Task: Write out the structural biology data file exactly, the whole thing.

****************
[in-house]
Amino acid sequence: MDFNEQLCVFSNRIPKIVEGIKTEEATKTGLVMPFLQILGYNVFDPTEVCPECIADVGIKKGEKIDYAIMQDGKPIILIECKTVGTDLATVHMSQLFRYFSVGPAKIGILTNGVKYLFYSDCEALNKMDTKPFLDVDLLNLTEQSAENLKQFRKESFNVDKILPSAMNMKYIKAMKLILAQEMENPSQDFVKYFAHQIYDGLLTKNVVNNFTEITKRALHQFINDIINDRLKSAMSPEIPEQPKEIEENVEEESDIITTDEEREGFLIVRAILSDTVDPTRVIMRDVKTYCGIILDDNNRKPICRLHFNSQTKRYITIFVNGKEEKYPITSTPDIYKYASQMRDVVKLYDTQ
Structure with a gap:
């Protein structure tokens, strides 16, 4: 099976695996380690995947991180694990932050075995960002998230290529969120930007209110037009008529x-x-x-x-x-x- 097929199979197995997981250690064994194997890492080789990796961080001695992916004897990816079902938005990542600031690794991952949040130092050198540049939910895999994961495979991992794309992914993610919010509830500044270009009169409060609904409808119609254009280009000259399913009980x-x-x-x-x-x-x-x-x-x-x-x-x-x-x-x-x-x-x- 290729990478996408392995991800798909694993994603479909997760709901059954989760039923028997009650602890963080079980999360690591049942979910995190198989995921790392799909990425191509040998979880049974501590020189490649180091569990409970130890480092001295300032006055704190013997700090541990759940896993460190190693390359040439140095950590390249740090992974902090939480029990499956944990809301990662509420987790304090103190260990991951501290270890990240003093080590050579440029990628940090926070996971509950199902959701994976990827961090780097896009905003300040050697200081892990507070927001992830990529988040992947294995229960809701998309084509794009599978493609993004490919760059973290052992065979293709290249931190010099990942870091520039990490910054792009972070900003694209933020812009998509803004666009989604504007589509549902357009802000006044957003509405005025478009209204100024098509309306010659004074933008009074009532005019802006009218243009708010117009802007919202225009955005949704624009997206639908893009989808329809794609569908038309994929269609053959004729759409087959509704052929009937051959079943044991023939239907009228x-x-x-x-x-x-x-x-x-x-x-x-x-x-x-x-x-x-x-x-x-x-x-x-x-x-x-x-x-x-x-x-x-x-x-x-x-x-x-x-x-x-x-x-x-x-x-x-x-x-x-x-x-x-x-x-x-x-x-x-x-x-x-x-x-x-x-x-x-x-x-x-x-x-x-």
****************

[in-house]
Amino acid sequence: MDFNEQLCVFSNRIPKIVEGIKTEEATKTGLVMPFLQILGYNVFDPTEVCPECIADVGIKKGEKIDYAIMQDGKPIILIECKTVGTDLATVHMSQLFRYFSVGPAKIGILTNGVKYLFYSDCEALNKMDTKPFLDVDLLNLTEQSAENLKQFRKESFNVDKILPSAMNMKYIKAMKLILAQEMENPSQDFVKYFAHQIYDGLLTKNVVNNFTEITKRALHQFINDIINDRLKSAMSPEIPEQPKEIEENVEEESDIITTDEEREGFLIVRAILSDTVDPTRVIMRDVKTYCGIILDDNNRKPICRLHFNSQTKRYITIFVNGKEEKYPITSTPDIYKYASQMRDVVKLYDTQ
Structure with a gap:
């Protein structure tokens, strides 16, 4: 099976695996380690995947991180694990932050075995960002998230290529969120930007209110037009008529x-x-x-x-x-x- 097929199979197995997981250690064994194997890492080789990796961080001695992916004897990816079902938005990542600031690794991952949040130092050198540049939910895999994961495979991992794309992914993610919010509830500044270009009169409060609904409808119609254009280009000259399913009980x-x-x-x-x-x-x-x-x-x-x-x-x-x-x-x-x-x-x- 290729990478996408392995991800798909694993994603479909997760709901059954989760039923028997009650602890963080079980999360690591049942979910995190198989995921790392799909990425191509040998979880049974501590020189490649180091569990409970130890480092001295300032006055704190013997700090541990759940896993460190190693390359040439140095950590390249740090992974902090939480029990499956944990809301990662509420987790304090103190260990991951501290270890990240003093080590050579440029990628940090926070996971509950199902959701994976990827961090780097896009905003300040050697200081892990507070927001992830990529988040992947294995229960809701998309084509794009599978493609993004490919760059973290052992065979293709290249931190010099990942870091520039990490910054792009972070900003694209933020812009998509803004666009989604504007589509549902357009802000006044957003509405005025478009209204100024098509309306010659004074933008009074009532005019802006009218243009708010117009802007919202225009955005949704624009997206639908893009989808329809794609569908038309994929269609053959004729759409087959509704052929009937051959079943044991023939239907009228x-x-x-x-x-x-x-x-x-x-x-x-x-x-x-x-x-x-x-x-x-x-x-x-x-x-x-x-x-x-x-x-x-x-x-x-x-x-x-x-x-x-x-x-x-x-x-x-x-x-x-x-x-x-x-x-x-x-x-x-x-x-x-x-x-x-x-x-x-x-x-x-x-x-x-």